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You are on page 1of 19

FATE AND TRANSPORT OF CONTAMINANTS

FIRST SEMESTER 2018

Rueda Mónica

Rincón Estefanía

Gutiérrez Katherine

Grupo 02

Consider a wide straight section of a river with discharge Q=45 m3 /s. The width of the river is

W=35m, the depth in the river section is H=2.5m and the channel slope is S=10 -4 . A diffuser is

discharging an effluent into this river section at a rate Q=10 m3/s, and after the initial dilution effects

the concentration in the river is about Co=100 kg/m3 . Determine and plot the concentrations in the

river at distances of 0.5, 1.0 and 5.0km. Assume that the effluent is non-conservative and degrading

with a half-life of 0.01 day (key: use a surface water model in ACTS)

𝑚3

𝑄 = 45

𝑠

𝑊 = 35 𝑚

𝐻 = 2.5 𝑚

𝑆 = 10−4

𝑚3

𝑄𝑡 = 10

𝑠

𝑘𝑔

𝐶0 = 100 3

𝑚

𝑡1/2 = 0.01 𝑑

Initially, the necessary input data that the ACTS program requires, such as the dispersion coefficient

(Dx) and the degradation constant (k), are calculated. The procedure to obtain this data is shown

below:

Speed

𝑄

𝑣=

𝐴

Where:

Replacing:

𝑚3 𝑚3

𝑄 45 𝑠 + 10 𝑠

𝑣= = = 0.63 𝑚/𝑠

𝐴 35𝑚 ∙ 2.5𝑚

0.011 ∙ 𝑈 2 ∙ 𝑊 2

𝐷𝑥 =

𝐻𝑢∗

Where:

𝑈 = 𝑆𝑝𝑒𝑒𝑑 (𝑚/𝑠)

𝑢∗ = √𝑔𝐻𝑆

𝐷𝑥 = = 43.2 𝑚2 /𝑠

𝑚

(2.5𝑚)√9.81 2 ∙ 2.5𝑚 ∙ 10−4

𝑠

To calculate the degradation constant (k) the following formula was used that relates the average

life time and the constant k:

0.693

𝑡1/2 =

𝑘

So

0.693

𝑘=

𝑡1/2

Replacing:

0.693 1𝑑 1ℎ

𝑘= = 69.3 𝑑−1 ∗ ∗ = 0.0008 𝑠 −1

0.01 𝑑 24ℎ 3600𝑠

To calculate the concentration in the software river use the following equation:

The model when choosing the option of Longitudinal Advection and Dispersion uses the following

expression of full concentration for a steady state version:

Where x is the downstream distance from the reléase point (m), KL is the longitudinal dispersion

coefficient (m2/s).

For an instantaneous accidental release of a chemical mass M0, the time- and space dependent

concentration distribution can be given as,

Initially, a surface water model was chosen in the ACTS program as shown in the following image:

The program directs us to the following image:

The following image shows the choice of the body of water, in this case a river was chosen and the

option Longitudinal Advection and Dispersion was marked:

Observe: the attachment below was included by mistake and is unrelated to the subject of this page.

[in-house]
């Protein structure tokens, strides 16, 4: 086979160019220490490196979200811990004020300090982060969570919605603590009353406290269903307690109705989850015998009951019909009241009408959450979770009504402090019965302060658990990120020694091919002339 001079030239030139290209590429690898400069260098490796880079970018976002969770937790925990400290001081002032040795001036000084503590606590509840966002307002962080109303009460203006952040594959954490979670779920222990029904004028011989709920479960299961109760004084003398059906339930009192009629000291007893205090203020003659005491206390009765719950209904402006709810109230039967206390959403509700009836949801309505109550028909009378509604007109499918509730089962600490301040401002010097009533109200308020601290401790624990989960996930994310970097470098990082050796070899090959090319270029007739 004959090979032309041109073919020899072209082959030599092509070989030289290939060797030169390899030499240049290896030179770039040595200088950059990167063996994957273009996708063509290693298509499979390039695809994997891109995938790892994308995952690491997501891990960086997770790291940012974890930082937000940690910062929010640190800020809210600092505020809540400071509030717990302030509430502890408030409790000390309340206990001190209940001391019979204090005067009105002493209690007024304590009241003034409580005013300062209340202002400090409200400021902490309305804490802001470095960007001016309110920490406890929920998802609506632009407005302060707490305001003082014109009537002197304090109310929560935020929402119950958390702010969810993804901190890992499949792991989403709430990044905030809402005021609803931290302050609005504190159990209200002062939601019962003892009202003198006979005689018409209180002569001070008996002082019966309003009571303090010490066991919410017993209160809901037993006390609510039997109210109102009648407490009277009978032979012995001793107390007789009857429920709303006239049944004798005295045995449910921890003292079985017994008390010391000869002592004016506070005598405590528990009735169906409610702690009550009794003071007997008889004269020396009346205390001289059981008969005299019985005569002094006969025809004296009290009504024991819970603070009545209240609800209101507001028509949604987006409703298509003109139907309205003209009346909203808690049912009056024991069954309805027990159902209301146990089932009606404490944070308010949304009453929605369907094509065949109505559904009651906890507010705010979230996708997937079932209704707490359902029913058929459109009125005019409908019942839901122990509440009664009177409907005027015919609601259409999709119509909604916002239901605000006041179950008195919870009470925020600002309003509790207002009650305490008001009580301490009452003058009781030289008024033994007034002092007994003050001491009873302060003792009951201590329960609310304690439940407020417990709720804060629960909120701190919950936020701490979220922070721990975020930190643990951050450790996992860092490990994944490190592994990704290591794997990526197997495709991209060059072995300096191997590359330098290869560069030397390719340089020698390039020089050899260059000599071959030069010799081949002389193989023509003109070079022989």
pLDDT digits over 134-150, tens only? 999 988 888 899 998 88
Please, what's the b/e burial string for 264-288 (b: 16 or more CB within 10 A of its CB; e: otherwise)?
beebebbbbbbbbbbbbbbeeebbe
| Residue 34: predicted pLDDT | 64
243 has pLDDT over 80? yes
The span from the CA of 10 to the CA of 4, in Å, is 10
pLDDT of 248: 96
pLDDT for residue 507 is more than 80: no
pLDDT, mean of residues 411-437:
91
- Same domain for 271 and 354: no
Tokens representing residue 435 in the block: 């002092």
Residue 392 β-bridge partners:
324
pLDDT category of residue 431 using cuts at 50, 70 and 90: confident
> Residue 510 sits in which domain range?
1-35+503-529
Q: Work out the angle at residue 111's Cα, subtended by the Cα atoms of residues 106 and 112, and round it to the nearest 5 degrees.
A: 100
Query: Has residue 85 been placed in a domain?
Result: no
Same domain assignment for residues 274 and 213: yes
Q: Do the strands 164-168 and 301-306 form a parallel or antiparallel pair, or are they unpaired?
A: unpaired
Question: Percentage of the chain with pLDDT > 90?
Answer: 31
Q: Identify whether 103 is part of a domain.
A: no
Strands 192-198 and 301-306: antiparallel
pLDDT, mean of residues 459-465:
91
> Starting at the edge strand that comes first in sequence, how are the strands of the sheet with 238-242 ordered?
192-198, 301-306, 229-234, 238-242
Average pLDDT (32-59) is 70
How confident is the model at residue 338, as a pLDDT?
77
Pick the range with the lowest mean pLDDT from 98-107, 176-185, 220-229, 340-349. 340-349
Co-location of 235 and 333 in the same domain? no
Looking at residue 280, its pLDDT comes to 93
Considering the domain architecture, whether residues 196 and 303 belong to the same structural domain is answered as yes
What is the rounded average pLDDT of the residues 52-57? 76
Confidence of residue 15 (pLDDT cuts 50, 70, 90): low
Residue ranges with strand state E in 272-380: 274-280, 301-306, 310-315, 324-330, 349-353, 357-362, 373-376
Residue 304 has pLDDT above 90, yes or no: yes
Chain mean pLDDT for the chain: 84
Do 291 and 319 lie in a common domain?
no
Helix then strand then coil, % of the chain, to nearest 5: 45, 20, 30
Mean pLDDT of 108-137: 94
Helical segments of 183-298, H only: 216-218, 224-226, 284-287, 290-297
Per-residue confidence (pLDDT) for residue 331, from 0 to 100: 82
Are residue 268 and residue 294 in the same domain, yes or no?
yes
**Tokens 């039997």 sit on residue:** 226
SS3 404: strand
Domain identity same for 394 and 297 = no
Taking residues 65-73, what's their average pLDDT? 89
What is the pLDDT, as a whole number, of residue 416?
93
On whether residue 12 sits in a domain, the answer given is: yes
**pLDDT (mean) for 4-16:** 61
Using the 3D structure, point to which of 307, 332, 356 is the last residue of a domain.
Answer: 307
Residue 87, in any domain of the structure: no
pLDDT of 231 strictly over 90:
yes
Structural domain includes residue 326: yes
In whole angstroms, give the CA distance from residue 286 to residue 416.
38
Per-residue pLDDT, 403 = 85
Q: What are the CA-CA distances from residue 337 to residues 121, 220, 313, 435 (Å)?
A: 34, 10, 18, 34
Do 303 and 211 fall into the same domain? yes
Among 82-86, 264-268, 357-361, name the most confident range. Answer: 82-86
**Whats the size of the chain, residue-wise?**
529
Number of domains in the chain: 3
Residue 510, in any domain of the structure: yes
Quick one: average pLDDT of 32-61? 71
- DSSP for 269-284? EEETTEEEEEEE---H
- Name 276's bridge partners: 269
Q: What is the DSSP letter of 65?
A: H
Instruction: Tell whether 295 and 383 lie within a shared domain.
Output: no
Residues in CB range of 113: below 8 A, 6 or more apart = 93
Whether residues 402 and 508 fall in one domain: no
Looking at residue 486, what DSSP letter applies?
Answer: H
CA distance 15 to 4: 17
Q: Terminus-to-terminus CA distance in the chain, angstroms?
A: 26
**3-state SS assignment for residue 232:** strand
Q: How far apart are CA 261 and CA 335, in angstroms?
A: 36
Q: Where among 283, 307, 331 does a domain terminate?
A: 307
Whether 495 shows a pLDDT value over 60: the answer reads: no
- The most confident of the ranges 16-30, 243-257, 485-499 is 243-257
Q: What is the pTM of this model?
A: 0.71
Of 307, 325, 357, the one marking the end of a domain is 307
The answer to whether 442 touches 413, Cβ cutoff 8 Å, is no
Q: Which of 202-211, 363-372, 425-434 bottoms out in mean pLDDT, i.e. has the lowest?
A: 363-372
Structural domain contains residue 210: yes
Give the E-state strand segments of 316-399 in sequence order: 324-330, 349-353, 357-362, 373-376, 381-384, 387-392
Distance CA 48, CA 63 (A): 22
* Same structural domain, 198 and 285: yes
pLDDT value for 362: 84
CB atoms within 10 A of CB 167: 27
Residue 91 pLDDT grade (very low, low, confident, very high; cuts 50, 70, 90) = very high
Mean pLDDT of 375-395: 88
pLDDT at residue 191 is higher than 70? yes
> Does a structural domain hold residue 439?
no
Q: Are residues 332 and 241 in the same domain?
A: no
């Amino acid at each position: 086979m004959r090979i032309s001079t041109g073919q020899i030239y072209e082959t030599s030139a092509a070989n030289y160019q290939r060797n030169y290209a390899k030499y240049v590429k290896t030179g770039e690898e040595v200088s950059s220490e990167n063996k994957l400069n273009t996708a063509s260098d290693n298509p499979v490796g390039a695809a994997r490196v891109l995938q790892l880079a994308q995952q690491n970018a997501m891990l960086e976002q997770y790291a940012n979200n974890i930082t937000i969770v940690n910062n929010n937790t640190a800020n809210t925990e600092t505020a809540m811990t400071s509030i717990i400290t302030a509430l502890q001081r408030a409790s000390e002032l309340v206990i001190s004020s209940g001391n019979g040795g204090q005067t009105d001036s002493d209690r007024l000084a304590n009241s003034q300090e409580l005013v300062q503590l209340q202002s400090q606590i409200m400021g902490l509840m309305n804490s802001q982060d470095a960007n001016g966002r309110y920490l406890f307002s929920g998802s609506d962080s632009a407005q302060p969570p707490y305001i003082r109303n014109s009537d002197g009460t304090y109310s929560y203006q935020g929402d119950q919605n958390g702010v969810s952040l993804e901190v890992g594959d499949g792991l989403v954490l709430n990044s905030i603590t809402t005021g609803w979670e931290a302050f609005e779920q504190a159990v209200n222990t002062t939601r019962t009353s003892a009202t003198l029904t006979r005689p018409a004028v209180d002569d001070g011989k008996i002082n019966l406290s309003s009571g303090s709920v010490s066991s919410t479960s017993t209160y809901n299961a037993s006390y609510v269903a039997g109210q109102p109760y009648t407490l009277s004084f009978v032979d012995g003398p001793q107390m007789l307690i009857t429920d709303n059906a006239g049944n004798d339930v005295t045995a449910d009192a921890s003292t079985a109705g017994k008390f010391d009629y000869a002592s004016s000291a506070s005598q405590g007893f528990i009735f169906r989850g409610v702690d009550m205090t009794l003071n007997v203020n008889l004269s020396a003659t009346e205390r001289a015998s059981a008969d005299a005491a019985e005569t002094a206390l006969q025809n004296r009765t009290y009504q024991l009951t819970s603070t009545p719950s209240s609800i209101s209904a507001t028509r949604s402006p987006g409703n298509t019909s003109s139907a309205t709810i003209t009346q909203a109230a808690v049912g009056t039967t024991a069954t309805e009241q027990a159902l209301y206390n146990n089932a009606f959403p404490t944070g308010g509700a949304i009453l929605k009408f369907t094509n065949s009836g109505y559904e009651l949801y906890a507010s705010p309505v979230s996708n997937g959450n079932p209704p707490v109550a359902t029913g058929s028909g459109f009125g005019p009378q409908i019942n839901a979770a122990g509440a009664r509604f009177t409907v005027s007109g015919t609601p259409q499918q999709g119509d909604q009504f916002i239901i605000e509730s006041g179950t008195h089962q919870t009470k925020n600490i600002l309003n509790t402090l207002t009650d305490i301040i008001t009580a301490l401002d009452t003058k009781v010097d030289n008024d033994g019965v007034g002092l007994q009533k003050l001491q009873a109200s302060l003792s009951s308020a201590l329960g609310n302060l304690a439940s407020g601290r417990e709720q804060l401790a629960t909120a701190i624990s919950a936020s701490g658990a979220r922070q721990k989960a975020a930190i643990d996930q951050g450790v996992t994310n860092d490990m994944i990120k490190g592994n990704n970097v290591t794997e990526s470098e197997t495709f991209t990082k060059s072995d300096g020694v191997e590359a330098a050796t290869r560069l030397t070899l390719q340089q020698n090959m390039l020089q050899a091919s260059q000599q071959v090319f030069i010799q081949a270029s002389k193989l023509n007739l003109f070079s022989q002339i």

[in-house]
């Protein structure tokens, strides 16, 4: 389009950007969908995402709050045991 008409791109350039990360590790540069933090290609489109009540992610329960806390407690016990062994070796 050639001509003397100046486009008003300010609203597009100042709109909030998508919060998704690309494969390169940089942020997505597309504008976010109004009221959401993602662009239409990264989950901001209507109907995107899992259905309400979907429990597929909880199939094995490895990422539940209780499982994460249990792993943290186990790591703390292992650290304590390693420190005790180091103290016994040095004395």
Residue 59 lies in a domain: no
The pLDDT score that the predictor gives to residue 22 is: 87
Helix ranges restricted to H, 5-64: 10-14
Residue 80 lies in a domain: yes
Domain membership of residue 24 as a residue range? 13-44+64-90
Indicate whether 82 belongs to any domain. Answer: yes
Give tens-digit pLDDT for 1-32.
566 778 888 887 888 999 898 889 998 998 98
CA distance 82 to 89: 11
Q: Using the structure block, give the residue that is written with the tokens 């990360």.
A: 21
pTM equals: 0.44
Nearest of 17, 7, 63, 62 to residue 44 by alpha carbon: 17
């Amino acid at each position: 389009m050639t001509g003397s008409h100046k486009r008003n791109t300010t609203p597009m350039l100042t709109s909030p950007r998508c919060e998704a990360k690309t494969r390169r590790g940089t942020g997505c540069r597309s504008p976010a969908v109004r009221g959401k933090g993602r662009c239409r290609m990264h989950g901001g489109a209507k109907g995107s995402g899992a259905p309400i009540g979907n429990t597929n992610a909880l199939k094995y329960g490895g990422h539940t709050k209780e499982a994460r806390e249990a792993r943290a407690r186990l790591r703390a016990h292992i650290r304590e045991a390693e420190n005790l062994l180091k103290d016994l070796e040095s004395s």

Then the data requested by the program is added, in this case for a distance of 0.5 km as shown

below:

Below is the graph that was obtained in the ACTS program:

The graph for this length is the following:

The graph obtained was the following:

Analysis of Results

In the graphs it can be observed that as the distance increases the concentration in the river

decreases approaching a value close to zero, in the 5 km graph this behavior is observed in the range

of distances from 3500m to 5000m. Below is a table that summarizes the results obtained in this

exercise:

0.5 8.6812

1 4.8239

5 0.04385

Conclusions

1. In the option executed in this problem (Longitudinal Advection and Dispersion) once the

effluent is mixed laterally, its transport in steady state conditions is mainly carried out by

simple advection due to the flow regime of the river.

2. To enter the data into the program, it was necessary to establish the value of the

degradation constant and thus avoid errors in the simulation of the ACTS program.

3. According to the surface water model chapter, rivers are typically wide and shallow water

bodies with strong advective and turbulent flows. After the initial mixing process, the

effluent is usually mixed over the shallow depth, is advected downstream by the river flow,

and is diffused laterally across the river. After sufficient distance, the effluent becomes fully

mixed across the entire width. In this case the problem was analyzed in the longitudinal

Advection and Dispersion stage.

The TCA mass spilled into an aquifer is (M) 1740 g/m2. The pore water velocity in the aquifer is (vx)

5 m/day in the x-direction, and the porosity (n) of the soil layer is 0.40. The dispersion coefficient in

the x-direction (Dx) is 0.8 m2/day, and the retardation factor (R) has been estimated as 8.0. The TCA

degradation is described by a first order rate constant (k) of 0.0004 day-1. Based on these data

estimate the TCA concentration C, at a distance x=200m and time t=365 days and plot x vs C and t

vs C for x [0, 1000m] and t [0, 730 days] (key: use a groundwater model with variable dispersion

coefficient and instantaneous contaminant source line in ACTS).

Data Specifications:

𝒈 𝒈 𝟏𝟎𝟎𝟎𝒎𝒈 𝒎𝒈

TCA (M)=𝟏𝟕𝟒𝟎 MTCA=1740 x = 𝟏𝟕𝟒𝟎𝟎𝟎𝟎

𝒎𝟐 𝒎𝟐 𝟏𝒈 𝒎𝟐

𝒎

V(x) = 5𝒅𝒂𝒚

n = 0.4

𝒎𝟐

D(x) = 0.8 𝒅𝒂𝒚

R= 8.0

K= 0.0004 𝒅𝒂𝒚−𝟏